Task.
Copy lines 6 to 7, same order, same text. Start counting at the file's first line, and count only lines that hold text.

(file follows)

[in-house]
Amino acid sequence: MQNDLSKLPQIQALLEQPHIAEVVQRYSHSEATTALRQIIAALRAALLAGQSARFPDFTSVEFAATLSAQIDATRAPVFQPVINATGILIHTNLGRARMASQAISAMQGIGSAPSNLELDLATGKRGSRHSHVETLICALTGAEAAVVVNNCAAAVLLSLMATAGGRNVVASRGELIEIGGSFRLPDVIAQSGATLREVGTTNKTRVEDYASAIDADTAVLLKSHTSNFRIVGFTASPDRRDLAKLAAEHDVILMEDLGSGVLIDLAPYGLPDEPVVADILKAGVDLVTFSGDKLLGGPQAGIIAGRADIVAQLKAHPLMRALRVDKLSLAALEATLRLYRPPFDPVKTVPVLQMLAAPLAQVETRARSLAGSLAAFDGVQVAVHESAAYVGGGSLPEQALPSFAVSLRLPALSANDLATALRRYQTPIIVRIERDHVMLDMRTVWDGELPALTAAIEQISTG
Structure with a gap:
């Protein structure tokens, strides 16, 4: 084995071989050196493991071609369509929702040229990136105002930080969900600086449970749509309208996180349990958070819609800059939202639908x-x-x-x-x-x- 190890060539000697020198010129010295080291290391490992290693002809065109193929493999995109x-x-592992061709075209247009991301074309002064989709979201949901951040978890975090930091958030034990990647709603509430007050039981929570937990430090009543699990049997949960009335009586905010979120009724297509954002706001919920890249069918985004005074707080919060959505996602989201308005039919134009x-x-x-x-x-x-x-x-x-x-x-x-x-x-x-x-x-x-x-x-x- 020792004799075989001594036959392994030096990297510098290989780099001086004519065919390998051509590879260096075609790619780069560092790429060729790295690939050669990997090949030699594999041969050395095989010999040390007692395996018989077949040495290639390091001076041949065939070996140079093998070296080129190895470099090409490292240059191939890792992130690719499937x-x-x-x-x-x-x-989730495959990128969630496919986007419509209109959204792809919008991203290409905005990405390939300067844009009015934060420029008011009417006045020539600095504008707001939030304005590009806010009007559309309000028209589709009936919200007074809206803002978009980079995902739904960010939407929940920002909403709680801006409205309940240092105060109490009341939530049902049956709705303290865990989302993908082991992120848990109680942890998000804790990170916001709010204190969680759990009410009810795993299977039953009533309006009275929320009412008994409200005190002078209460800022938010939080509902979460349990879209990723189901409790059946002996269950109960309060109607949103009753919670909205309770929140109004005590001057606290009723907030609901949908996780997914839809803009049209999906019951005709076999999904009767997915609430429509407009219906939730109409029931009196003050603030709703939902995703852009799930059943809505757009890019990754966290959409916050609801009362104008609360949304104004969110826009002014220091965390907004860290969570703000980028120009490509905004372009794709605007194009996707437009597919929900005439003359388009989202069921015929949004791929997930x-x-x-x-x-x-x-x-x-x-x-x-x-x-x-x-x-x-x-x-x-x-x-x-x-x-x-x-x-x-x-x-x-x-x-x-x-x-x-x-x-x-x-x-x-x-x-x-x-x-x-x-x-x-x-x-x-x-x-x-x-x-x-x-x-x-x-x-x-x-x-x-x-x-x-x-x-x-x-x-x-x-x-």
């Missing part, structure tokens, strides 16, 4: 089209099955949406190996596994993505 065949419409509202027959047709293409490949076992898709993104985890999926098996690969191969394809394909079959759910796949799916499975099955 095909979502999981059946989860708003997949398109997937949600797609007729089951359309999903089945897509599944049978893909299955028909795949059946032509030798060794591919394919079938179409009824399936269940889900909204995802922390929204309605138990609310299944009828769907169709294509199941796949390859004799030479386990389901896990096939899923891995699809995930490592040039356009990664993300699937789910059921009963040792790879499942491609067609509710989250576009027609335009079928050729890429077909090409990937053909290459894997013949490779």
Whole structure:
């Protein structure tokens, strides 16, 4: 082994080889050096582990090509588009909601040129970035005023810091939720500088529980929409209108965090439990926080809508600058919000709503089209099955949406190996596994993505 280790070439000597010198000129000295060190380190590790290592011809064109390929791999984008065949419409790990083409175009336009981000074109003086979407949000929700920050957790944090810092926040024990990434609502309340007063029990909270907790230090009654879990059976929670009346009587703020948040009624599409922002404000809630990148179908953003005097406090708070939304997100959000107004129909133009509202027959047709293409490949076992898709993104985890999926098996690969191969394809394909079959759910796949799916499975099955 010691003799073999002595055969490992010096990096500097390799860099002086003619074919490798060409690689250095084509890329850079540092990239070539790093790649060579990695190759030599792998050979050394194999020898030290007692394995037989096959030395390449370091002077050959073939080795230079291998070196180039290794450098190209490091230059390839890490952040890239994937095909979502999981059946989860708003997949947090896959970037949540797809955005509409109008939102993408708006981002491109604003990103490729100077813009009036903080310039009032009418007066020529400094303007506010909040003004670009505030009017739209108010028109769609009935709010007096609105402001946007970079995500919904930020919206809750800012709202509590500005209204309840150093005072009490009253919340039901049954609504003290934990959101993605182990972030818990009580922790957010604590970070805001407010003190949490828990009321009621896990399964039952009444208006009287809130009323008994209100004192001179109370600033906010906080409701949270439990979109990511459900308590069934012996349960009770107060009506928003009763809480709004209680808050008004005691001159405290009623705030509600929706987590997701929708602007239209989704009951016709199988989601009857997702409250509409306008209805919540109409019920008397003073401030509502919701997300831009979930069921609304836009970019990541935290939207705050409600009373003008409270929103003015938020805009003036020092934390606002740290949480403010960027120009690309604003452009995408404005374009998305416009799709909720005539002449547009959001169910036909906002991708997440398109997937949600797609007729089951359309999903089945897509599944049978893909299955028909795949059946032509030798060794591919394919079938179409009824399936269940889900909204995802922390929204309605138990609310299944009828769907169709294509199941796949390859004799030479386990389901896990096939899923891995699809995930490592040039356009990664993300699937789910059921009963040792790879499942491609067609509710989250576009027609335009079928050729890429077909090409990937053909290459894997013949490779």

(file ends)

Whole structure:
């Protein structure tokens, strides 16, 4: 082994080889050096582990090509588009909601040129970035005023810091939720500088529980929409209108965090439990926080809508600058919000709503089209099955949406190996596994993505 280790070439000597010198000129000295060190380190590790290592011809064109390929791999984008065949419409790990083409175009336009981000074109003086979407949000929700920050957790944090810092926040024990990434609502309340007063029990909270907790230090009654879990059976929670009346009587703020948040009624599409922002404000809630990148179908953003005097406090708070939304997100959000107004129909133009509202027959047709293409490949076992898709993104985890999926098996690969191969394809394909079959759910796949799916499975099955 010691003799073999002595055969490992010096990096500097390799860099002086003619074919490798060409690689250095084509890329850079540092990239070539790093790649060579990695190759030599792998050979050394194999020898030290007692394995037989096959030395390449370091002077050959073939080795230079291998070196180039290794450098190209490091230059390839890490952040890239994937095909979502999981059946989860708003997949947090896959970037949540797809955005509409109008939102993408708006981002491109604003990103490729100077813009009036903080310039009032009418007066020529400094303007506010909040003004670009505030009017739209108010028109769609009935709010007096609105402001946007970079995500919904930020919206809750800012709202509590500005209204309840150093005072009490009253919340039901049954609504003290934990959101993605182990972030818990009580922790957010604590970070805001407010003190949490828990009321009621896990399964039952009444208006009287809130009323008994209100004192001179109370600033906010906080409701949270439990979109990511459900308590069934012996349960009770107060009506928003009763809480709004209680808050008004005691001159405290009623705030509600929706987590997701929708602007239209989704009951016709199988989601009857997702409250509409306008209805919540109409019920008397003073401030509502919701997300831009979930069921609304836009970019990541935290939207705050409600009373003008409270929103003015938020805009003036020092934390606002740290949480403010960027120009690309604003452009995408404005374009998305416009799709909720005539002449547009959001169910036909906002991708997440398109997937949600797609007729089951359309999903089945897509599944049978893909299955028909795949059946032509030798060794591919394919079938179409009824399936269940889900909204995802922390929204309605138990609310299944009828769907169709294509199941796949390859004799030479386990389901896990096939899923891995699809995930490592040039356009990664993300699937789910059921009963040792790879499942491609067609509710989250576009027609335009079928050729890429077909090409990937053909290459894997013949490779």